Alaska Native Dance

Central Yup'ik and Cup'ik Songs and Dances

In Yup’ik and Cup’ik dances, the drummers sing and the dancers tell the story with the movements of their arms, bodies and sometimes facial expressions. The men dance in front while on their knees or seated cross-legged, while the women dance standing behind the male dancers. 

The dancers wear kuspuks (cotton garments modeled after traditional parkas), piluguuk or kemeksak (boots made out of bearded seal bottoms or soles and seal, caribou, bear, wolverine, beaver, calf skin, or other fur bearing animals for the upper portions), and women’s headdresses made of wolf, beaver, wolverine, and seal hides. Men and women hold dance fans (tegumiak). Those made for women are made of woven grass and caribou ruff while men’s are made from wood and the wing feathers of large birds. The women’s fans are graceful and flowing, while the men’s are rigid.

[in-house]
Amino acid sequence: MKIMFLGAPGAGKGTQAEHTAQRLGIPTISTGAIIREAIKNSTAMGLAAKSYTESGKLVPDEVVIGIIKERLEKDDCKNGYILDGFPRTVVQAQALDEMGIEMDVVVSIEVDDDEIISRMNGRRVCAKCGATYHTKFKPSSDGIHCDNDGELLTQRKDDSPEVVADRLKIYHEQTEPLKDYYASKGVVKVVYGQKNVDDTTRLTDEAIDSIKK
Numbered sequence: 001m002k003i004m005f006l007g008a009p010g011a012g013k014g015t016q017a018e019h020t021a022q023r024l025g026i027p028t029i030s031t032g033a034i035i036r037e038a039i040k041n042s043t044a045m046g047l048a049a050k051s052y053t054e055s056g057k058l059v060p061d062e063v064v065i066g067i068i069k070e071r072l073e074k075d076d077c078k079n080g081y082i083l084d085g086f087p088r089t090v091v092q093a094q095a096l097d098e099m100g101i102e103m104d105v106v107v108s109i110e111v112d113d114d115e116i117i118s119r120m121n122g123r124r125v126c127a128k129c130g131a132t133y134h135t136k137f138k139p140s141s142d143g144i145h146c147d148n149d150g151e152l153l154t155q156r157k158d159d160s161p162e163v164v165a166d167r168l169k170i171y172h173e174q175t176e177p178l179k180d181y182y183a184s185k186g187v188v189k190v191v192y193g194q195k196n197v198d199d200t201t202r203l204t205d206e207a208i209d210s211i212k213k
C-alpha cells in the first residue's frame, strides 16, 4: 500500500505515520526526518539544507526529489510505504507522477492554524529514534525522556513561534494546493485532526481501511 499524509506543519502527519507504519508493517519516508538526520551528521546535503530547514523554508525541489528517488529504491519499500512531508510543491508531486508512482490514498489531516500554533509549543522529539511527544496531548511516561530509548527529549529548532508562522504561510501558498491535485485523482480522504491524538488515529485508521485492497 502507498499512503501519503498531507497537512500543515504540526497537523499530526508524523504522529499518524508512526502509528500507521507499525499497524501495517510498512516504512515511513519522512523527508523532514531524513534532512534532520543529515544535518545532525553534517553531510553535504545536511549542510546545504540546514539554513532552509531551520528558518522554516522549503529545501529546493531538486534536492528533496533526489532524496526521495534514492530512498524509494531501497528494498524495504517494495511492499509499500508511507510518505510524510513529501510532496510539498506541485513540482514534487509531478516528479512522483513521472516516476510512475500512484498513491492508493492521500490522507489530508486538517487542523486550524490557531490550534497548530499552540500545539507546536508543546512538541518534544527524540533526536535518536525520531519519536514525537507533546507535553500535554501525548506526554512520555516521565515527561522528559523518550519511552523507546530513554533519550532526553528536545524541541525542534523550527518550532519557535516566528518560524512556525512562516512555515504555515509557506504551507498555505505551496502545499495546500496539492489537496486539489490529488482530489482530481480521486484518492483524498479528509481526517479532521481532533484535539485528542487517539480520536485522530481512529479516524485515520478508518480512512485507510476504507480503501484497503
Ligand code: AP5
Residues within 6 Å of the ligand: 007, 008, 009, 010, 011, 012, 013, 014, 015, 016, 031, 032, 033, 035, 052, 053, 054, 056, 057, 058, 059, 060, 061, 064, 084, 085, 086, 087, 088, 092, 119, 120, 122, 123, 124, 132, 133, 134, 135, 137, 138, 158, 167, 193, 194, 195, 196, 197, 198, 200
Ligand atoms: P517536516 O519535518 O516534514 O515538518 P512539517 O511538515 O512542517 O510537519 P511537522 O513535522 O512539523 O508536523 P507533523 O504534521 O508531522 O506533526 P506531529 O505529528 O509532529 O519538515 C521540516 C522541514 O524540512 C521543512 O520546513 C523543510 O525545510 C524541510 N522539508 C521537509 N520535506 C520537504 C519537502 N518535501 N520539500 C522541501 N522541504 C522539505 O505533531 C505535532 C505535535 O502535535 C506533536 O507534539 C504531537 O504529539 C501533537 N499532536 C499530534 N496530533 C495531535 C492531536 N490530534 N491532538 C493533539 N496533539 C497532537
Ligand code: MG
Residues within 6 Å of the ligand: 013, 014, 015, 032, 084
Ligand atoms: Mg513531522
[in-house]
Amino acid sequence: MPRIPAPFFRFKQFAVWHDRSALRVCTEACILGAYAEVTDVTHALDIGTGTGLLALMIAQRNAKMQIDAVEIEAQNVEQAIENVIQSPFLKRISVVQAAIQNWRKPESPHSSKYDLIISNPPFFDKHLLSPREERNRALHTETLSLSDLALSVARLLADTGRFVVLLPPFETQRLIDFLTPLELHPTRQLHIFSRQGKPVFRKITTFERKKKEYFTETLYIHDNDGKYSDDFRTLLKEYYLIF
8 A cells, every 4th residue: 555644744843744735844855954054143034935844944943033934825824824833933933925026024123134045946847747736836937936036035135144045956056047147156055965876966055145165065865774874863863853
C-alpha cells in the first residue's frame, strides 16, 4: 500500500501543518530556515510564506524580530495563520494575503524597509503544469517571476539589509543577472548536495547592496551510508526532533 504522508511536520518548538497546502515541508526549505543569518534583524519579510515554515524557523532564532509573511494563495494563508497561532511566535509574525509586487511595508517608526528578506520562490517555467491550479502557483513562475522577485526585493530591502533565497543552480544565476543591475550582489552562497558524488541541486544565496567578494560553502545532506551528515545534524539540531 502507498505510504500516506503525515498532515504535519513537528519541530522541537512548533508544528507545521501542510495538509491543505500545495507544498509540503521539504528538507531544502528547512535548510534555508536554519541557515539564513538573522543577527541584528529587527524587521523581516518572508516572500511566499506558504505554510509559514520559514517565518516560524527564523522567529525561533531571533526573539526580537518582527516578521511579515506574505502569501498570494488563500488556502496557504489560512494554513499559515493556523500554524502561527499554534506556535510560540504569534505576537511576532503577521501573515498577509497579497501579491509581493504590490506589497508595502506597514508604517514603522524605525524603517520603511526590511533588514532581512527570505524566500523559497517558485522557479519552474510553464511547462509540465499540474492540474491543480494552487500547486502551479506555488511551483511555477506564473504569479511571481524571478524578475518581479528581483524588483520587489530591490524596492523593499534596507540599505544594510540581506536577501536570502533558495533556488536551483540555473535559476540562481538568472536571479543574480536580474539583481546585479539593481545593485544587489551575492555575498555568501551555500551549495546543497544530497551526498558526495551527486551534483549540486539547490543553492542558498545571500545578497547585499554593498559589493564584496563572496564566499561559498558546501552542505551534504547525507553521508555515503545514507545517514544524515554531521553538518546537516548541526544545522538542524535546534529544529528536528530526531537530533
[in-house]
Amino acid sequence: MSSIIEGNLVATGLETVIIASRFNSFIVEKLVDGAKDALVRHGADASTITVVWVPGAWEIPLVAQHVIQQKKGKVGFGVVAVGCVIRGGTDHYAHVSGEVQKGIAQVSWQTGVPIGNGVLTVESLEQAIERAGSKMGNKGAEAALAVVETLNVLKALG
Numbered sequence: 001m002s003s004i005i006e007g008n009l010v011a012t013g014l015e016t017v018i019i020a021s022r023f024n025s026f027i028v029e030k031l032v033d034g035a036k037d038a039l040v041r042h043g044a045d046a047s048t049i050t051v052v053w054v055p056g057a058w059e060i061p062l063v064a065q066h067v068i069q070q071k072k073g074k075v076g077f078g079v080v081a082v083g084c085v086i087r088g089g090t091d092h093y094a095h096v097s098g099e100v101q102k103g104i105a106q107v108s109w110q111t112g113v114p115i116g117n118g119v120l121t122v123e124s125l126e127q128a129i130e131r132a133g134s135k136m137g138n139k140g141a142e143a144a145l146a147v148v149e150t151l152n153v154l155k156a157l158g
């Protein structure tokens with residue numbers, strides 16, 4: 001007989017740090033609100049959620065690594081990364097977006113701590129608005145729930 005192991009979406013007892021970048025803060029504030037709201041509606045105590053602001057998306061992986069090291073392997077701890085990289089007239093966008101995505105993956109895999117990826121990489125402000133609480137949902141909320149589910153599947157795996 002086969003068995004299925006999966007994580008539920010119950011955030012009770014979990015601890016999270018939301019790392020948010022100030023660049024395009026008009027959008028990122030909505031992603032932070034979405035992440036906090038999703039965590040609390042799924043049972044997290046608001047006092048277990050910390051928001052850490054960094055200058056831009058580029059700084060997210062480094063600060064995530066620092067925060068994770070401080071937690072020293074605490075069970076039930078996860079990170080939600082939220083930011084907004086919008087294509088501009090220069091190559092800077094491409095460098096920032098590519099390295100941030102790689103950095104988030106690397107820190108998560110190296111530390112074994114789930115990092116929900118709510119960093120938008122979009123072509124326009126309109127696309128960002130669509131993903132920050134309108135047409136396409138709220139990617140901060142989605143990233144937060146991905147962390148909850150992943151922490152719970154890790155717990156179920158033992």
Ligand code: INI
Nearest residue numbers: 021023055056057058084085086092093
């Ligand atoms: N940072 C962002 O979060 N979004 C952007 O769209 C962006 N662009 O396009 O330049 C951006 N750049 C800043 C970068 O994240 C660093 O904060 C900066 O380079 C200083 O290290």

Drummers are seated behind the dancers and strike the skin-covered drum on the top. Yup’ik and Cup’ik songs have a chorus, two or more verses.

There is an optional encore (prompted by a shouted “Pamyua!” from the audience). A “pamyua” requires that the group repeat the chorus and dance with great enthusiasm.

The drums were traditionally covered with walrus stomach or scraped caribou hide, but because of limited resources they are now often covered with nylon airplane fabric.

Yup’ik and Cup’ik dance groups often share songs with each other, but they always credit the composers before the songs are performed.

This video shows a seal dance, made by John Pingayak of Chevak, in which the dancers mime the act of hunting for and retrieving a seal they have shot. Note the slow first stanza, when the dancers are catching the beat and preparing for the main portion, two additional verses in relatively sedate tempo, and two final verses that are drummed and danced more quickly, loudly, and with greater vehemence.


This dance was performed in 2009 at the Alaska Native Heritage Center in Anchorage by the Heritage Center dancers.